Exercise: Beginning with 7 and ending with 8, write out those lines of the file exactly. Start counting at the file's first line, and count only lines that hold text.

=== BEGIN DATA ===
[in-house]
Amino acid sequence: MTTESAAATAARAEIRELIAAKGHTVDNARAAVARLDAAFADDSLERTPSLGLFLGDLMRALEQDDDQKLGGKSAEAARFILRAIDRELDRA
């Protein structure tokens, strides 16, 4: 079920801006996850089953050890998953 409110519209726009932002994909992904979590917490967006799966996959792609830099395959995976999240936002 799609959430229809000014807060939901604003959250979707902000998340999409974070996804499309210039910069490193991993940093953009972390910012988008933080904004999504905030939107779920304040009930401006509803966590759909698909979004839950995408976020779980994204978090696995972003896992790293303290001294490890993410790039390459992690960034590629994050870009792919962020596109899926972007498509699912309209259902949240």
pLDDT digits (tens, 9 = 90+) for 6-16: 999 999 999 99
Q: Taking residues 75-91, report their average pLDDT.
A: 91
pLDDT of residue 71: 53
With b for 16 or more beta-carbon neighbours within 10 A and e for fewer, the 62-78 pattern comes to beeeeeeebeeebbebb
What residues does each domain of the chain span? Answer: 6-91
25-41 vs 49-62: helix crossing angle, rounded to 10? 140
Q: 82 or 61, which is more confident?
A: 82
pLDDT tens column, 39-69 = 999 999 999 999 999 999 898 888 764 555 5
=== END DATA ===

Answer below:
pLDDT of residue 71: 53
With b for 16 or more beta-carbon neighbours within 10 A and e for fewer, the 62-78 pattern comes to beeeeeeebeeebbebb